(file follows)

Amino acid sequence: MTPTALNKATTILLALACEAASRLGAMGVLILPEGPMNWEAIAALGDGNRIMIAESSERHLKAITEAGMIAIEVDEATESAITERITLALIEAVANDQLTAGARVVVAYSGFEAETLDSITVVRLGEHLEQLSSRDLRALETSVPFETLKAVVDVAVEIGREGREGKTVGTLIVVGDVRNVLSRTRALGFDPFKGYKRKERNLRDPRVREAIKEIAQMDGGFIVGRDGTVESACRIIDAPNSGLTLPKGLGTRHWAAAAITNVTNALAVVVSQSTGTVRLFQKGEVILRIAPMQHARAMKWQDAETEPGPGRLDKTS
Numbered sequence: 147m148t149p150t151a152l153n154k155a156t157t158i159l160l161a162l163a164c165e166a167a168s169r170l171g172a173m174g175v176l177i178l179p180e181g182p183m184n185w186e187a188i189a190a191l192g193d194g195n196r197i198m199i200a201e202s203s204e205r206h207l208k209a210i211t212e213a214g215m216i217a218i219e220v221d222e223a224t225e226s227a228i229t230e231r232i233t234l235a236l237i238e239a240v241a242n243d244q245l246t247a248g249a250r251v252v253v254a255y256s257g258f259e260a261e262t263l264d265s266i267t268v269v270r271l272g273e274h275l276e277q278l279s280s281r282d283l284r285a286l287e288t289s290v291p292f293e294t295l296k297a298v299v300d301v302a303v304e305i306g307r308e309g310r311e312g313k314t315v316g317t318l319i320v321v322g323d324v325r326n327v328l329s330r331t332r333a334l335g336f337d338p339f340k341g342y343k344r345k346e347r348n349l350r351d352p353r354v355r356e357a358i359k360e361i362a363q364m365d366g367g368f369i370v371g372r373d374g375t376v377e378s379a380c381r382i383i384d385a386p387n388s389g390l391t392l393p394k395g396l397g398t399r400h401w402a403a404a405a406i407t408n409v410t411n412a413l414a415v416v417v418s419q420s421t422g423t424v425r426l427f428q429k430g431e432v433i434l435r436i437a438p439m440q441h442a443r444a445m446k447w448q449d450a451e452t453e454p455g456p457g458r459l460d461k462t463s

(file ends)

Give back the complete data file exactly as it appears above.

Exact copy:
Amino acid sequence: MTPTALNKATTILLALACEAASRLGAMGVLILPEGPMNWEAIAALGDGNRIMIAESSERHLKAITEAGMIAIEVDEATESAITERITLALIEAVANDQLTAGARVVVAYSGFEAETLDSITVVRLGEHLEQLSSRDLRALETSVPFETLKAVVDVAVEIGREGREGKTVGTLIVVGDVRNVLSRTRALGFDPFKGYKRKERNLRDPRVREAIKEIAQMDGGFIVGRDGTVESACRIIDAPNSGLTLPKGLGTRHWAAAAITNVTNALAVVVSQSTGTVRLFQKGEVILRIAPMQHARAMKWQDAETEPGPGRLDKTS
Numbered sequence: 147m148t149p150t151a152l153n154k155a156t157t158i159l160l161a162l163a164c165e166a167a168s169r170l171g172a173m174g175v176l177i178l179p180e181g182p183m184n185w186e187a188i189a190a191l192g193d194g195n196r197i198m199i200a201e202s203s204e205r206h207l208k209a210i211t212e213a214g215m216i217a218i219e220v221d222e223a224t225e226s227a228i229t230e231r232i233t234l235a236l237i238e239a240v241a242n243d244q245l246t247a248g249a250r251v252v253v254a255y256s257g258f259e260a261e262t263l264d265s266i267t268v269v270r271l272g273e274h275l276e277q278l279s280s281r282d283l284r285a286l287e288t289s290v291p292f293e294t295l296k297a298v299v300d301v302a303v304e305i306g307r308e309g310r311e312g313k314t315v316g317t318l319i320v321v322g323d324v325r326n327v328l329s330r331t332r333a334l335g336f337d338p339f340k341g342y343k344r345k346e347r348n349l350r351d352p353r354v355r356e357a358i359k360e361i362a363q364m365d366g367g368f369i370v371g372r373d374g375t376v377e378s379a380c381r382i383i384d385a386p387n388s389g390l391t392l393p394k395g396l397g398t399r400h401w402a403a404a405a406i407t408n409v410t411n412a413l414a415v416v417v418s419q420s421t422g423t424v425r426l427f428q429k430g431e432v433i434l435r436i437a438p439m440q441h442a443r444a445m446k447w448q449d450a451e452t453e454p455g456p457g458r459l460d461k462t463s